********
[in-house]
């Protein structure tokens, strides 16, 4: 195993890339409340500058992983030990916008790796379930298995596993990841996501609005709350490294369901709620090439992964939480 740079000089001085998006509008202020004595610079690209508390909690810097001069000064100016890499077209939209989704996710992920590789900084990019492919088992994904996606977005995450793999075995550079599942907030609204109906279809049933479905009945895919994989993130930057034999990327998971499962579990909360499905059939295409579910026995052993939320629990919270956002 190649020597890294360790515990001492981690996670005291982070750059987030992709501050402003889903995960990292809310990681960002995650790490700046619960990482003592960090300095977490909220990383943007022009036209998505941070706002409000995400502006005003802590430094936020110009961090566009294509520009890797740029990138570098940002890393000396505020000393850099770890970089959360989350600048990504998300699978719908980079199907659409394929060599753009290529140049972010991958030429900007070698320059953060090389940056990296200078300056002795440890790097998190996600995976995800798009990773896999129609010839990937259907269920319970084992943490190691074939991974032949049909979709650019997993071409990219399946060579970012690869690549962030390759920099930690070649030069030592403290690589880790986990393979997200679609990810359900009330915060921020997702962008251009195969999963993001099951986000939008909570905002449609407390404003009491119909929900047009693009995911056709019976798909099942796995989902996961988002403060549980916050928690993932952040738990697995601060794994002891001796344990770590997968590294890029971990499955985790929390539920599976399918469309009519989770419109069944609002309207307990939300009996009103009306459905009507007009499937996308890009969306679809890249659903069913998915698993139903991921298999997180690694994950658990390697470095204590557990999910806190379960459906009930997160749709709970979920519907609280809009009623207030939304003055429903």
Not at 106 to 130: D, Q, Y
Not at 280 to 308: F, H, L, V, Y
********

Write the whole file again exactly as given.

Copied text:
[in-house]
């Protein structure tokens, strides 16, 4: 195993890339409340500058992983030990916008790796379930298995596993990841996501609005709350490294369901709620090439992964939480 740079000089001085998006509008202020004595610079690209508390909690810097001069000064100016890499077209939209989704996710992920590789900084990019492919088992994904996606977005995450793999075995550079599942907030609204109906279809049933479905009945895919994989993130930057034999990327998971499962579990909360499905059939295409579910026995052993939320629990919270956002 190649020597890294360790515990001492981690996670005291982070750059987030992709501050402003889903995960990292809310990681960002995650790490700046619960990482003592960090300095977490909220990383943007022009036209998505941070706002409000995400502006005003802590430094936020110009961090566009294509520009890797740029990138570098940002890393000396505020000393850099770890970089959360989350600048990504998300699978719908980079199907659409394929060599753009290529140049972010991958030429900007070698320059953060090389940056990296200078300056002795440890790097998190996600995976995800798009990773896999129609010839990937259907269920319970084992943490190691074939991974032949049909979709650019997993071409990219399946060579970012690869690549962030390759920099930690070649030069030592403290690589880790986990393979997200679609990810359900009330915060921020997702962008251009195969999963993001099951986000939008909570905002449609407390404003009491119909929900047009693009995911056709019976798909099942796995989902996961988002403060549980916050928690993932952040738990697995601060794994002891001796344990770590997968590294890029971990499955985790929390539920599976399918469309009519989770419109069944609002309207307990939300009996009103009306459905009507007009499937996308890009969306679809890249659903069913998915698993139903991921298999997180690694994950658990390697470095204590557990999910806190379960459906009930997160749709709970979920519907609280809009009623207030939304003055429903």
Not at 106 to 130: D, Q, Y
Not at 280 to 308: F, H, L, V, Y